Multiplex PCR and CE Analysis Integrated on a Microchip

The ability to perform all of the steps of a biological assay on a single microchip promises significant advantages to biochemists and molecular biologists in terms of speed, cost and automation. The demonstration of a device that can perform multiplex polymerase chain reactions (PCR) and electrophoretic sizing is particularly interesting because of its potentially widespread application in molecular biology, clinical and forensics laboratories for high-throughput genetic analysis. The individual steps for performing complete multiplex PCR analysis of whole cells are readily adaptable to the microchip format. Toward this goal, we have integrated the steps of thermal cell lysis to release DNA, simultaneous amplification of multiple gene loci using selected primer sets, and electrophoretic analysis of the amplified products on a single microchip.

Figure 1 shows the microchip designs used: (a) to amplify DNA and electrophoretically analyze the PCR product(s) on the same microchip and (b) to accurately size the PCR products made. Figure 2(a) is an electropherogram of the PCR products obtained by amplification of a 500 bp target of l DNA with amplification and capillary electrophoretic (CE) analysis done on the same microchip, i.e., design (a) shown in Figure 1. Figure 2(b) illustrates the sizing of those PCR products on a separate microchip, i.e., design (b) shown in Figure 1, by co-electrophoresis with a DNA sizing ladder, FX174 -Hae III digest.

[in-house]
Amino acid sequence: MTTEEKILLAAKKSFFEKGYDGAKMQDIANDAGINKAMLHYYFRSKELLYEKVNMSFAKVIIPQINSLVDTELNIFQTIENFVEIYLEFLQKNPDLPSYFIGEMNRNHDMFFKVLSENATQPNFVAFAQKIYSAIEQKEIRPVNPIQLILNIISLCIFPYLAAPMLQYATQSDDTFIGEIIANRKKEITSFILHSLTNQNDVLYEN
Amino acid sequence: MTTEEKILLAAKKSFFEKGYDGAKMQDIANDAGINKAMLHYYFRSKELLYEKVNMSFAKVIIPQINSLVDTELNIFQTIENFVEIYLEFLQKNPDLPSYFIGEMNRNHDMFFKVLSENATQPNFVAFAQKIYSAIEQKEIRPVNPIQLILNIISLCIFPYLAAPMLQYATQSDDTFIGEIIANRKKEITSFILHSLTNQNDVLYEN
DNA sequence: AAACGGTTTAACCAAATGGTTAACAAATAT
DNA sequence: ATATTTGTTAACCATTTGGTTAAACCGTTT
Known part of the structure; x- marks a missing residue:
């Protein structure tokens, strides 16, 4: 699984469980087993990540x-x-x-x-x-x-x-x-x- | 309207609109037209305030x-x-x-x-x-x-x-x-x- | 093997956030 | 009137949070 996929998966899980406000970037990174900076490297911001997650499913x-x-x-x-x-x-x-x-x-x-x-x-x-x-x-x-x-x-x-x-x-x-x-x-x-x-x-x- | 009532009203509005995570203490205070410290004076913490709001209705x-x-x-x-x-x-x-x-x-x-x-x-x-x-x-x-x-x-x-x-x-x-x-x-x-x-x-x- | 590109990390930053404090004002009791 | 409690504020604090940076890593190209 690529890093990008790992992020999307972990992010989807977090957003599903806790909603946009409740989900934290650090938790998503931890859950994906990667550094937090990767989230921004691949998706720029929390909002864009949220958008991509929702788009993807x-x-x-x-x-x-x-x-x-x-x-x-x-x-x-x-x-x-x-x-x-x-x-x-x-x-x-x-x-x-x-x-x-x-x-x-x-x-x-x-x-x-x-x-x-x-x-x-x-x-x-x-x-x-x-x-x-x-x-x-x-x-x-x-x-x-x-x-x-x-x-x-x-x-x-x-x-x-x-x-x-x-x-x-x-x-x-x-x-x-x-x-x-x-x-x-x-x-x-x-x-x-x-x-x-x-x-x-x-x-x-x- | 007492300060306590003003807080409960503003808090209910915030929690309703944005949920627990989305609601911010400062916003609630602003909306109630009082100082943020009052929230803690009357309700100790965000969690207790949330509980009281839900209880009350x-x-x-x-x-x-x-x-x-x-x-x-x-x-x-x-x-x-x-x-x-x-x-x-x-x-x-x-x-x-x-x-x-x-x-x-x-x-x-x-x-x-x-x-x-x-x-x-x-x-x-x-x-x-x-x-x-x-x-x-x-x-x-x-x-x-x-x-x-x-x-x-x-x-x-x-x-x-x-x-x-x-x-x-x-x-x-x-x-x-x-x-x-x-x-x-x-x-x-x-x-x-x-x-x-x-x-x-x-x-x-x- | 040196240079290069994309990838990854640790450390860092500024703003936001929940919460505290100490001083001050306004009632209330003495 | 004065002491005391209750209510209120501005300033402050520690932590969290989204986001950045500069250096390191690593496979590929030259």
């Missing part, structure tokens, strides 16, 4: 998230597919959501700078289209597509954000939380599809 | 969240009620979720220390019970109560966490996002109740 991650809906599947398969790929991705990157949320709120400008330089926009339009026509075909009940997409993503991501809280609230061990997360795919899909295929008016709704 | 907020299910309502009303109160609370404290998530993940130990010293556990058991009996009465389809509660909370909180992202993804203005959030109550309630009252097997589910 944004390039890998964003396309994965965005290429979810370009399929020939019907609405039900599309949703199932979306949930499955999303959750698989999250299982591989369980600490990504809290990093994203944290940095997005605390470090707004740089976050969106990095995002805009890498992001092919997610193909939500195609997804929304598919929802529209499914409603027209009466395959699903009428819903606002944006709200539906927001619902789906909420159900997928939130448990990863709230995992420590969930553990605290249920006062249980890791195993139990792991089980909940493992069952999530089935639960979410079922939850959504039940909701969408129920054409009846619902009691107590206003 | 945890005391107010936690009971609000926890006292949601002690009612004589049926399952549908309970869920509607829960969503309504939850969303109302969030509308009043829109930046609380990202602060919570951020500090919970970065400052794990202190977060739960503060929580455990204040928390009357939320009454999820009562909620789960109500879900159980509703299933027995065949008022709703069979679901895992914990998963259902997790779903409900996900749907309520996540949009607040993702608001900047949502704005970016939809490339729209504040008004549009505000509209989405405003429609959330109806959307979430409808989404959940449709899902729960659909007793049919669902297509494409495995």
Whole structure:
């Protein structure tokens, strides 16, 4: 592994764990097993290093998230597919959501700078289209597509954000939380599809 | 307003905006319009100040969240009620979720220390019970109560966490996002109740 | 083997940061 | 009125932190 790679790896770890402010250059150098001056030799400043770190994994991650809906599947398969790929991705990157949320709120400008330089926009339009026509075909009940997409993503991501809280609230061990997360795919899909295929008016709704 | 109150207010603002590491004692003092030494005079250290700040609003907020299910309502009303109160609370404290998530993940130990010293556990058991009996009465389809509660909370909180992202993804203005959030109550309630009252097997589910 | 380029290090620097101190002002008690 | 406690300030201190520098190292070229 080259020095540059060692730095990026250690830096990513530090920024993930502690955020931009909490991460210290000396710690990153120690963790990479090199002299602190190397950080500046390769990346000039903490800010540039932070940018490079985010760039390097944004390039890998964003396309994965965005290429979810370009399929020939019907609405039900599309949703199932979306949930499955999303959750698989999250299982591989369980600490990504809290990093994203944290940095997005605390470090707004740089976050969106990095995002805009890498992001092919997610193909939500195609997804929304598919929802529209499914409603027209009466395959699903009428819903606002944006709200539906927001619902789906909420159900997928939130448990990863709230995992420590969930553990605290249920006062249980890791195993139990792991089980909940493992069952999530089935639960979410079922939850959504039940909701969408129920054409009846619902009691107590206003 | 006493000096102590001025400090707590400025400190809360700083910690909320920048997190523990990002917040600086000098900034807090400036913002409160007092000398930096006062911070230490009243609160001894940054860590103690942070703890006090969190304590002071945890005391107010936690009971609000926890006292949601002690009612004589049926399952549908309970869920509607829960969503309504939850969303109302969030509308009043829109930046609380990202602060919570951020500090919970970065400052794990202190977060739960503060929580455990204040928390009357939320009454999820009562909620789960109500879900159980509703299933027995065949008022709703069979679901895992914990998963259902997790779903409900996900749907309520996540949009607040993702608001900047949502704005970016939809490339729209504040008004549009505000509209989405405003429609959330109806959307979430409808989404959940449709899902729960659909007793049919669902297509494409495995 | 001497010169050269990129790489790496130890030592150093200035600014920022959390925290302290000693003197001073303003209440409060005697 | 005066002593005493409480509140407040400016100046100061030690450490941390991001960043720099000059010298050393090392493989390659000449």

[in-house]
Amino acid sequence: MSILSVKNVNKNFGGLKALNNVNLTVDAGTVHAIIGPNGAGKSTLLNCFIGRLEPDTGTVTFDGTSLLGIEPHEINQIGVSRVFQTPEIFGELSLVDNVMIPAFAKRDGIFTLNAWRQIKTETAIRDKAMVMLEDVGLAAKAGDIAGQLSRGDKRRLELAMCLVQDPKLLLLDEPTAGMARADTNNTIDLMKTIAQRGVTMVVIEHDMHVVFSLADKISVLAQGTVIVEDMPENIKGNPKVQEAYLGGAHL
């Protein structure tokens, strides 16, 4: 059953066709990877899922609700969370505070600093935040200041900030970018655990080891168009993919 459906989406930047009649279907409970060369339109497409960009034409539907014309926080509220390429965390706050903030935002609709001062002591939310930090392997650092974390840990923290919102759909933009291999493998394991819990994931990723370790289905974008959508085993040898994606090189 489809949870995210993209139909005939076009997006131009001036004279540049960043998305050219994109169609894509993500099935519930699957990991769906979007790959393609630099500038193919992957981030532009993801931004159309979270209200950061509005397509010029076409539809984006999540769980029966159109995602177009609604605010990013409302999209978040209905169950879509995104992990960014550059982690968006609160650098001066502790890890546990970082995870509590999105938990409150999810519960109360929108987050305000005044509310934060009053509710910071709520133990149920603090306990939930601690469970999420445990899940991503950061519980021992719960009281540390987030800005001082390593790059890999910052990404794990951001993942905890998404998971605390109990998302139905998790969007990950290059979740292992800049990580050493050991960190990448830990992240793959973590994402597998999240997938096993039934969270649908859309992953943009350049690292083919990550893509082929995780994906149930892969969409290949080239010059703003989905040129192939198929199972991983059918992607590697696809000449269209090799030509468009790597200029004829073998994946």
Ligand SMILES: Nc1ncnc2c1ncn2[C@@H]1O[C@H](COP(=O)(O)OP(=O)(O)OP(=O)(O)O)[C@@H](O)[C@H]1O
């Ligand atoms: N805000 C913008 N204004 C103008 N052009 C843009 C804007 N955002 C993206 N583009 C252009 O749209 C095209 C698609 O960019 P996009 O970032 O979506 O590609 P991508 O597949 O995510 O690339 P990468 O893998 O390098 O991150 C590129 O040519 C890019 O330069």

Cell lysis, multiplexed PCR and electrophoretic analysis in a single microchip is demonstrated in Figure 3. Whole E. coli cells are thermally lysed in the PCR mixture during the first 6 min of the initial temperature setting of 94 C (design a, Figure 1). The subsequent PCR amplification is carried out using 9 primers (5 sets with 2 of the sets sharing a single primer). Following amplification, the products are electrokinetically transported to load the injection valve. The separation is performed using polydimethylacrylamide as the sieving medium. The first three peaks (154, 264, and 346 bp) are from the E. coli genomic DNA, and the last two peaks (410 and 550 bp) are from the plasmid target, plant gene agNt84.

Future effort will be directed toward expanding the number of different DNA samples that can be analyzed in this format. The goal is to adapt this microchip technology to the analysis of mammalian DNAs for research (functional genomics), forensics, and medical diagnostics.


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